Now, why would you store things in different places? One answer is because we use a range of services and each of these is, usually, an independent Web site. Each service generally specialises in one thing (for example flickr manages photographs) and to ‘write’ with these you generally register an account on each service (one aspect of being network literate is learning to have a username for yourself that is only yours so that you only need to remember one for all the different services you may end up registering for!) and this lets you contribute your material. For example, I have an account on CiteULike so that I can add entries to my online academic library. I, and any one else, can view these entries and if they find a reference I have added then they can also include this into their own library. Of course, as an active member of CiteULike I can also view others references and similarly include these as part of my own library. In the case of CiteULike I can then very easily build a collection of resources, all appropriately cited. I can then use such a site for research to find references I don’t know about, or to easily compile an ongoing bibliography that my peers and students can access and use. Now each of the services I mentioned above work the same way, hence I have a flickr account (for photo sharing) and a account (for sharing web bookmarks), and each allows me to contribute my own content, while also viewing others and being able to add other’s content to my own collections. Such services are generically described as social software, and they earn this title because they are designed to facilitate the collecting and sharing of information between otherwise disparate individuals or groups.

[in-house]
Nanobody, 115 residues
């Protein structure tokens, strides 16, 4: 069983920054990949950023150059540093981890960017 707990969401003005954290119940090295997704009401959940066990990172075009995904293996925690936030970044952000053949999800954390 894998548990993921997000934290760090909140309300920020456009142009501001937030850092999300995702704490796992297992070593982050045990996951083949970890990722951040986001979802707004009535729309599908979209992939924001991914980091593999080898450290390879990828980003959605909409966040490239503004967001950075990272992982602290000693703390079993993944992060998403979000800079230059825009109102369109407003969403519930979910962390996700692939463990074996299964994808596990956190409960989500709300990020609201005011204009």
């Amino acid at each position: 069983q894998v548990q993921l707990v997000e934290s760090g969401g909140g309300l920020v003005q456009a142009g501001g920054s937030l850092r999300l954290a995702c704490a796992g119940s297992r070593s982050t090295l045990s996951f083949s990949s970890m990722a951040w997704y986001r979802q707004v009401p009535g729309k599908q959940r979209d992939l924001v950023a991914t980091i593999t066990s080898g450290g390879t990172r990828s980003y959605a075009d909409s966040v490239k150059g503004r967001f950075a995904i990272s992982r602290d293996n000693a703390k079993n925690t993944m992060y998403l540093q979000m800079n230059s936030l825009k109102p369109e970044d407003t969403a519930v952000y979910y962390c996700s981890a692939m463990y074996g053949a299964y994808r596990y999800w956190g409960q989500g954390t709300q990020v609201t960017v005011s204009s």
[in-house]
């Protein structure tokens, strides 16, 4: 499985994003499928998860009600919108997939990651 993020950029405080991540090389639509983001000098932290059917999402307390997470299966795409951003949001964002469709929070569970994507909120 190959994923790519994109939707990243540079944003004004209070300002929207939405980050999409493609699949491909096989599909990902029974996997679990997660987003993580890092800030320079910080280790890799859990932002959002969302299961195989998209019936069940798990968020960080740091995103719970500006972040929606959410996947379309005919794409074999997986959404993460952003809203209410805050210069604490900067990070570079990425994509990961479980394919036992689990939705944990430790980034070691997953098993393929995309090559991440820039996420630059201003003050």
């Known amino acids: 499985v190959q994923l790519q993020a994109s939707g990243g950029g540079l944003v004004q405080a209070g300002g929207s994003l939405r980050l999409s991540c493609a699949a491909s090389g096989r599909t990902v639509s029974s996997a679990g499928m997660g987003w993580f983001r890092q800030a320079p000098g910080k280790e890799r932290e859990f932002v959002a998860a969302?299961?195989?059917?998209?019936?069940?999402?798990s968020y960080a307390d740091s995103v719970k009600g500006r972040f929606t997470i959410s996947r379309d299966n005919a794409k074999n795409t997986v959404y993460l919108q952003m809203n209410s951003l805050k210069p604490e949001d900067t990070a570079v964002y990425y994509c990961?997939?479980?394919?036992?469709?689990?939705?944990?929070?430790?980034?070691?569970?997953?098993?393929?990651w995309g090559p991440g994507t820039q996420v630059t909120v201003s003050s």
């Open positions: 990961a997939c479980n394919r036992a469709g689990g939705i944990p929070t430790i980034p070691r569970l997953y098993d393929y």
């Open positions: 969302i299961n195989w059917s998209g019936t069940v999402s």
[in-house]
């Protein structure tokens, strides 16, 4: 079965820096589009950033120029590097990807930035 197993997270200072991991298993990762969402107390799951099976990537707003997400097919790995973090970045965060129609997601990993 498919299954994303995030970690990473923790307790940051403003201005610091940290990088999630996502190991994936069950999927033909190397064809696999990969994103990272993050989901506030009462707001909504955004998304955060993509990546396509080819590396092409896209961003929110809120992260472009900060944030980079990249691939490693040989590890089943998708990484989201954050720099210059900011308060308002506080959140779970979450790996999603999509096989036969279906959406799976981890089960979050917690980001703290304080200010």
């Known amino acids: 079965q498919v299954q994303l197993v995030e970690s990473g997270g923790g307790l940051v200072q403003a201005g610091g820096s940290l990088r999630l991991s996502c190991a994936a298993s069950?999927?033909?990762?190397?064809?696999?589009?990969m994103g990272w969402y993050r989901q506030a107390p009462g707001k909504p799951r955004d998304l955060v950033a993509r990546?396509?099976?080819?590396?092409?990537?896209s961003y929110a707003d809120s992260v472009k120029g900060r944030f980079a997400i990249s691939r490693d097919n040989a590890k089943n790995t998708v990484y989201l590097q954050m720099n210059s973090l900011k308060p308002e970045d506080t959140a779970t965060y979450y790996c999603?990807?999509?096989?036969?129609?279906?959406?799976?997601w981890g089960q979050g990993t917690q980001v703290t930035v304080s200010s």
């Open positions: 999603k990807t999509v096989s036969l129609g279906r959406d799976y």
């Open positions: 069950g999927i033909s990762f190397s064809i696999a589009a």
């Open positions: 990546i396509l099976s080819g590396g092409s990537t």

Now such a sea of information begs the question of how I might find anything of value, particularly given the enormous amounts of material being added daily. This is where tags have become very useful. A tag is a keyword that I can apply to anything in any of these social software systems. Unlike the taxonomic classification used in libraries, museums or even in biological speciation (where the keywords applied are usually limited to an already known and agreed upon set), tags are defined by end users. Hence, in CiteULike a user may have added a book that I want to add to my library, but they have tagged it as “computer-science”, however in my universe that book is actually of interest to me as “hypertext-theory” and so when I add it to my library I can then add my individual tag to it. This makes it easy for me to catalogue or categorise my own content (remember all of these systems provide these tagging abilities) but also to search others’ content on the basis of their tags. This use of tags by individuals is described as a folksonomy, and the categories they form, and their relations, are described as tag clouds. Of course, because we all tag things differently there is a lack of consistency, but on the other hand there are a sufficient number of users in these systems that their scale tends to make this a moot point, and in many ways this informal tagging adds value to the knowledge ‘networks’ that such tags form.